Keep Your Cool in Hot Weather
Learn about heat-related illness and how to stay cool and safe in hot weather.
Getting too hot can make you sick. You can become ill from the heat if your body can't compensate for it and properly cool you off. Heat exposure can even kill you: it caused 7,233 heat-related deaths in the United States from 1999 to 2009.
Main things affecting your body's ability to cool itself during extremely hot weather:
- High humidity. When the humidity is high, sweat won't evaporate as quickly, which keeps your body from releasing heat as fast as it may need to.
- Personal factors. Age, obesity, fever, dehydration, heart disease, mental illness, poor circulation, sunburn, and prescription drug and alcohol use can play a role in whether a person can cool off enough in very hot weather.
People at greatest risk for heat-related illness can take the following protective actions to prevent illness or death:
- People who are at highest risk are the elderly, the very young, and people with chronic diseases or mental illness.
- Even young and healthy people can get sick from the heat if they participate in strenuous physical activities during hot weather.
- Air-conditioning is the number one protective factor against heat-related illness and death. If a home is not air-conditioned, people can reduce their risk for heat-related illness by spending time in public facilities that are air-conditioned.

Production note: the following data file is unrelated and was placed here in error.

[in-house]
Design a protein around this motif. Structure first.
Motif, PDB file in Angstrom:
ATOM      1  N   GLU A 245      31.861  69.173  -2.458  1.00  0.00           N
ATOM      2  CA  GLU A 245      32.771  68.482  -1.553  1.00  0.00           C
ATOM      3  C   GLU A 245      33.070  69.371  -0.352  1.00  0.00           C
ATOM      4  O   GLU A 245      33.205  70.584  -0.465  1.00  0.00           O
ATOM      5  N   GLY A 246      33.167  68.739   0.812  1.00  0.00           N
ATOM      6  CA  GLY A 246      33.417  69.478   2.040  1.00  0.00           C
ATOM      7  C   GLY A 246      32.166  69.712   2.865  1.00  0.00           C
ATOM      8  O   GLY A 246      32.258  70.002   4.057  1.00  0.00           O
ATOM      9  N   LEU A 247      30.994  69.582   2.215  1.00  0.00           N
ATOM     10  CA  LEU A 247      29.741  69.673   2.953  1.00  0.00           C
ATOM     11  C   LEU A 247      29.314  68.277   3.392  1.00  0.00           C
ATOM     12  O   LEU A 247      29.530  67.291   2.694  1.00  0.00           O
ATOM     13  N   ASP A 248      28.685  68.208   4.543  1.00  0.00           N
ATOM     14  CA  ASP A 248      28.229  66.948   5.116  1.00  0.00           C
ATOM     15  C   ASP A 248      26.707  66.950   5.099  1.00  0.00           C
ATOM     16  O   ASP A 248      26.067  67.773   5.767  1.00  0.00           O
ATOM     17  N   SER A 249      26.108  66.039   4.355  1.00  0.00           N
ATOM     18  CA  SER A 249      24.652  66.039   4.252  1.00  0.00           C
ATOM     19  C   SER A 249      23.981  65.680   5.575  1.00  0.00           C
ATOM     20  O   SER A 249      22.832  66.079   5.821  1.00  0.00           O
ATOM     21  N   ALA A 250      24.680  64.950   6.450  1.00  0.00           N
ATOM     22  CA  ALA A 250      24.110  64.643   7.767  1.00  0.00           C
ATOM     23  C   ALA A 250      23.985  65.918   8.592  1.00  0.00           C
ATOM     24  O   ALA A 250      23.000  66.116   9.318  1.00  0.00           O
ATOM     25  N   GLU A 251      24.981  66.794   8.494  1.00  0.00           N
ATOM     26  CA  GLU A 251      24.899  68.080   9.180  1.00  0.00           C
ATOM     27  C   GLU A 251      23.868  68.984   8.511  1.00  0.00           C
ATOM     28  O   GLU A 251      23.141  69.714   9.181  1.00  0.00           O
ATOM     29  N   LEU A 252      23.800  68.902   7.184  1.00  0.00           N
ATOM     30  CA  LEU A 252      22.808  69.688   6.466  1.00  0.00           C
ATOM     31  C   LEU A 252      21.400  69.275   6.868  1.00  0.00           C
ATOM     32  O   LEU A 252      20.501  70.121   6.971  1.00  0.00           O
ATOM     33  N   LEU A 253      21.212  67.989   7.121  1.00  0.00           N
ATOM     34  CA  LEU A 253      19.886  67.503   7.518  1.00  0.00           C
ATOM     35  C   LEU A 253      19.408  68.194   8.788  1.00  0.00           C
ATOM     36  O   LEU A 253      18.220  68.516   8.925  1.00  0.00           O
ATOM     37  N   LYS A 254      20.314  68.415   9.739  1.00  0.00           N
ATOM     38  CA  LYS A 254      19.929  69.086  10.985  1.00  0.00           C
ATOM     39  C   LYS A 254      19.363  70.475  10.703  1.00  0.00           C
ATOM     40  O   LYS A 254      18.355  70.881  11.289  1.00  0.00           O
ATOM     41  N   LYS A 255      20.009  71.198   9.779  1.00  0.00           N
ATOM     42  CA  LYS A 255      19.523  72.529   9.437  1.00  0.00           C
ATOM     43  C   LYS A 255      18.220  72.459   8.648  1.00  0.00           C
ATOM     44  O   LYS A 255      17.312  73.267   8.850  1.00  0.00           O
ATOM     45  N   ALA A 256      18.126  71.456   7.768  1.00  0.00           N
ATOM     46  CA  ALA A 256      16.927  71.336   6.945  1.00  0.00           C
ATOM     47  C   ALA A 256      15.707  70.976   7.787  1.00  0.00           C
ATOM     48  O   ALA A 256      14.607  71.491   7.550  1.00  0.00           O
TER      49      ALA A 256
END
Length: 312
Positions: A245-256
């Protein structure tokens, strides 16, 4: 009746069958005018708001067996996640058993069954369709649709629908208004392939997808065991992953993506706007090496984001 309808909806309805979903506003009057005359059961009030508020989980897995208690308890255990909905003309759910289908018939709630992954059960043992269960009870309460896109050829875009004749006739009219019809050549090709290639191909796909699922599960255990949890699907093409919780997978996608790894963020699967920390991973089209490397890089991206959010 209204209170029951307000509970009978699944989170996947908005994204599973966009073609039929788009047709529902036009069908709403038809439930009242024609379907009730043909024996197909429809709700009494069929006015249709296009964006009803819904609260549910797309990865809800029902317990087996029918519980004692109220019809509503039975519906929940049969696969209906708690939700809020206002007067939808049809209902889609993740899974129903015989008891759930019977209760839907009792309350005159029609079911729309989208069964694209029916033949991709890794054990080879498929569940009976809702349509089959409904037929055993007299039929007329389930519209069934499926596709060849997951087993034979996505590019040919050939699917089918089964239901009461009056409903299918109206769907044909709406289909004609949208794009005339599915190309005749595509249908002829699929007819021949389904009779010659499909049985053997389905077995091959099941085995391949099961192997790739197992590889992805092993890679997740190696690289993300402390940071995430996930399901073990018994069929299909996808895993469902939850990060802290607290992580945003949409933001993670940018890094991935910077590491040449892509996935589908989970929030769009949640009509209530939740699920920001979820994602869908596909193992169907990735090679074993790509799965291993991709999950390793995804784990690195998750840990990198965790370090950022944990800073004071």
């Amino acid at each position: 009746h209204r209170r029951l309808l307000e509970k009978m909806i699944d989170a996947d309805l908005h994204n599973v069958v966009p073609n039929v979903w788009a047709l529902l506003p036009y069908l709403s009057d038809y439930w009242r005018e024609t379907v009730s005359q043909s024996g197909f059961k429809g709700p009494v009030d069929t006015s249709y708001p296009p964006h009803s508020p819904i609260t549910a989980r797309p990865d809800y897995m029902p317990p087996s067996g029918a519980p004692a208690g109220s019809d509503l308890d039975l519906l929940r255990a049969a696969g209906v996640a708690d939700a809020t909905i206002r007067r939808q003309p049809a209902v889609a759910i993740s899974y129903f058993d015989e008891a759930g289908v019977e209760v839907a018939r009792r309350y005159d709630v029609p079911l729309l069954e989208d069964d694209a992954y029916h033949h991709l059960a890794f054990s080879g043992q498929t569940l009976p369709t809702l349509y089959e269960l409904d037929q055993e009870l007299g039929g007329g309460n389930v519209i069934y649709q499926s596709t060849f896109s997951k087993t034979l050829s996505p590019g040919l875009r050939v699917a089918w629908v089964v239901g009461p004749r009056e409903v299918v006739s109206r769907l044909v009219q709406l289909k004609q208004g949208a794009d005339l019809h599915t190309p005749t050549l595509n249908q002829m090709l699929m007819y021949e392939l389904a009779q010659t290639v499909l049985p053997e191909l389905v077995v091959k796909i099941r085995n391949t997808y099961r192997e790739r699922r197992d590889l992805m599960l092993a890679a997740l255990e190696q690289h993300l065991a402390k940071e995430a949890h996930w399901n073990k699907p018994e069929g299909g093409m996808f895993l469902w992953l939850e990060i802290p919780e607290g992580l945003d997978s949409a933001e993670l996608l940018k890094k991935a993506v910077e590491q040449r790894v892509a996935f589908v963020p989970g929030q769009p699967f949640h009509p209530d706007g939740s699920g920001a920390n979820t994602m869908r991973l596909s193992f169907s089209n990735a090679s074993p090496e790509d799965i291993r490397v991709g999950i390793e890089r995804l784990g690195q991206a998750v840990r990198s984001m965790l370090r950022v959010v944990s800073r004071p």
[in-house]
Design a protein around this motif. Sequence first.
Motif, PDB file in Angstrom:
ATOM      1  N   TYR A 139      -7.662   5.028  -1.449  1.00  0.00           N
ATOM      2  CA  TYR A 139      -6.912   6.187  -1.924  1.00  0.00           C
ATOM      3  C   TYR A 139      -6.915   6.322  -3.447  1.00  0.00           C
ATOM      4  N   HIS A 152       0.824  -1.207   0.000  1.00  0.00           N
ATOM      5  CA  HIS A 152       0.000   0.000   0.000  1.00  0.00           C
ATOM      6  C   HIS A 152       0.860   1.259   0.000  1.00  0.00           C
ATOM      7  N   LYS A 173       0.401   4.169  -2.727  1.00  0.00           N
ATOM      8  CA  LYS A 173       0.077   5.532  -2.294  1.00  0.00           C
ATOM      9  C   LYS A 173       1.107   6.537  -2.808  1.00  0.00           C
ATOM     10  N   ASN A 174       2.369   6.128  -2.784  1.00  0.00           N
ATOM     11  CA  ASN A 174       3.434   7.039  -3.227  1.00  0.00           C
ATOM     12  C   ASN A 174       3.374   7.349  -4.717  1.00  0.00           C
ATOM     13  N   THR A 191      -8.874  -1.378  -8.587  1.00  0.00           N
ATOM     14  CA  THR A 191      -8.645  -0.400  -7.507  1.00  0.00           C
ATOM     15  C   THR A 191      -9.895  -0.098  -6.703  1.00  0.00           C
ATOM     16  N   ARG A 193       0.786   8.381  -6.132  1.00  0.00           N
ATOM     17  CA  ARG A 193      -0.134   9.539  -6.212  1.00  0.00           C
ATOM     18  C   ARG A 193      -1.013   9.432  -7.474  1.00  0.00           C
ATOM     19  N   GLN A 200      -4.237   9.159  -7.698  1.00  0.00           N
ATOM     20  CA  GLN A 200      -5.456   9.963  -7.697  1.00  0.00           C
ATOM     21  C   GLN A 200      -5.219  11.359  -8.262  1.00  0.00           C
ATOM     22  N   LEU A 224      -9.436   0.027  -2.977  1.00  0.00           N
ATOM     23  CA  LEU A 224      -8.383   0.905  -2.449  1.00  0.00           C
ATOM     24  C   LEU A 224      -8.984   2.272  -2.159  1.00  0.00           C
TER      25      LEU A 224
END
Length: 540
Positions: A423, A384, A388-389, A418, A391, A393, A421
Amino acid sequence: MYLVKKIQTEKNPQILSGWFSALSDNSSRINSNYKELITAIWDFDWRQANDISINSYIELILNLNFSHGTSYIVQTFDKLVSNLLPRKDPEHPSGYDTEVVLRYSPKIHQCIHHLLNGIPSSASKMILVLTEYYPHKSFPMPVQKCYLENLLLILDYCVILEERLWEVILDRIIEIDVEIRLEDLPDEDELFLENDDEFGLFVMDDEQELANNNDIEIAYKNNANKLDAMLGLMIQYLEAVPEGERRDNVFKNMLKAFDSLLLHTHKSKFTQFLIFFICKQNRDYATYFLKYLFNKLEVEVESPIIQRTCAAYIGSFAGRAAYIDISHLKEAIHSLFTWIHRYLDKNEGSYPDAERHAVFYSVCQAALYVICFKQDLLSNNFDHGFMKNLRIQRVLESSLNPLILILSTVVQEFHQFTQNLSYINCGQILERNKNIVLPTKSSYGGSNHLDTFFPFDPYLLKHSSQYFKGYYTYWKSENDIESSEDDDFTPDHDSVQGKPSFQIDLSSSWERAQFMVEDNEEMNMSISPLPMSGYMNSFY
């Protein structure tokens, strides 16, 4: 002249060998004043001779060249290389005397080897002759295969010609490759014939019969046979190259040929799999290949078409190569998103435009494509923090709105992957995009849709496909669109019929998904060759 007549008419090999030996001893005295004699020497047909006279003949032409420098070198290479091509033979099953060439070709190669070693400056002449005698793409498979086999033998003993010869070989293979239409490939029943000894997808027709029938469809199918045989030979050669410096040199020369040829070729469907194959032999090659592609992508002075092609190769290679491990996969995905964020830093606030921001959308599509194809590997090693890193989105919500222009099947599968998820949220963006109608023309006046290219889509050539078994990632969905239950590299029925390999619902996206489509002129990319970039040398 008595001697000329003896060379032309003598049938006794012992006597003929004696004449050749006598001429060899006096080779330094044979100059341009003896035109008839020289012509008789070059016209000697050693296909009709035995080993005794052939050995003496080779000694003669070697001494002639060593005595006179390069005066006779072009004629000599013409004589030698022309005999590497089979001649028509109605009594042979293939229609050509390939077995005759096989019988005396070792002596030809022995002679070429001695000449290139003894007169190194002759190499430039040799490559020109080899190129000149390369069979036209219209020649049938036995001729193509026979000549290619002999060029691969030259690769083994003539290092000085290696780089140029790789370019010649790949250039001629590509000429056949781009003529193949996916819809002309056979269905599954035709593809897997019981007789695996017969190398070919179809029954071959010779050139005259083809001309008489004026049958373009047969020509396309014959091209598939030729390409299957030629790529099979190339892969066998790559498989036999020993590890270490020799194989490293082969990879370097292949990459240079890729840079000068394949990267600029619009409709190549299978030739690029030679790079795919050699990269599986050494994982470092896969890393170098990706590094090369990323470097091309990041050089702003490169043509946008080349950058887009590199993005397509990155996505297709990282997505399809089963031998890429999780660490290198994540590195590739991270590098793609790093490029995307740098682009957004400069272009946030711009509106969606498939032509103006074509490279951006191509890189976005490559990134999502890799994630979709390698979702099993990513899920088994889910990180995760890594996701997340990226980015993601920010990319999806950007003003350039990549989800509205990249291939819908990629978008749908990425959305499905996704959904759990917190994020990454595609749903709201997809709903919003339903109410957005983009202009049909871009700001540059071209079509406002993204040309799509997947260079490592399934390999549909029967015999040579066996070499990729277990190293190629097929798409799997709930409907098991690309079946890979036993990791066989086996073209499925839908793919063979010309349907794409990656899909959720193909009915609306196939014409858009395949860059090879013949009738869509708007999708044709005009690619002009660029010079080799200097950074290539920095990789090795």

Take these steps to prevent heat-related illnesses, injuries, and deaths during hot weather:
- Stay in an air-conditioned indoor location as much as possible.
- Drink plenty of fluids even if you don't feel thirsty.
- Schedule outdoor activities carefully.
- Wear loose, lightweight, light-colored clothing and sunscreen.
- Pace yourself.
- Take cool showers or baths to cool down.
- Check on a friend or neighbor and have someone do the same for you.
- Do not leave children or pets in cars.
- Check the local news for health and safety updates.
- Page last reviewed: June 30, 2014
- Page last updated: June 30, 2014
- Content source:
- National Center for Environmental Health, Division of Environmental Hazards and Health Effects
- Page maintained by: Office of the Associate Director for Communication, Digital Media Branch, Division of Public Affairs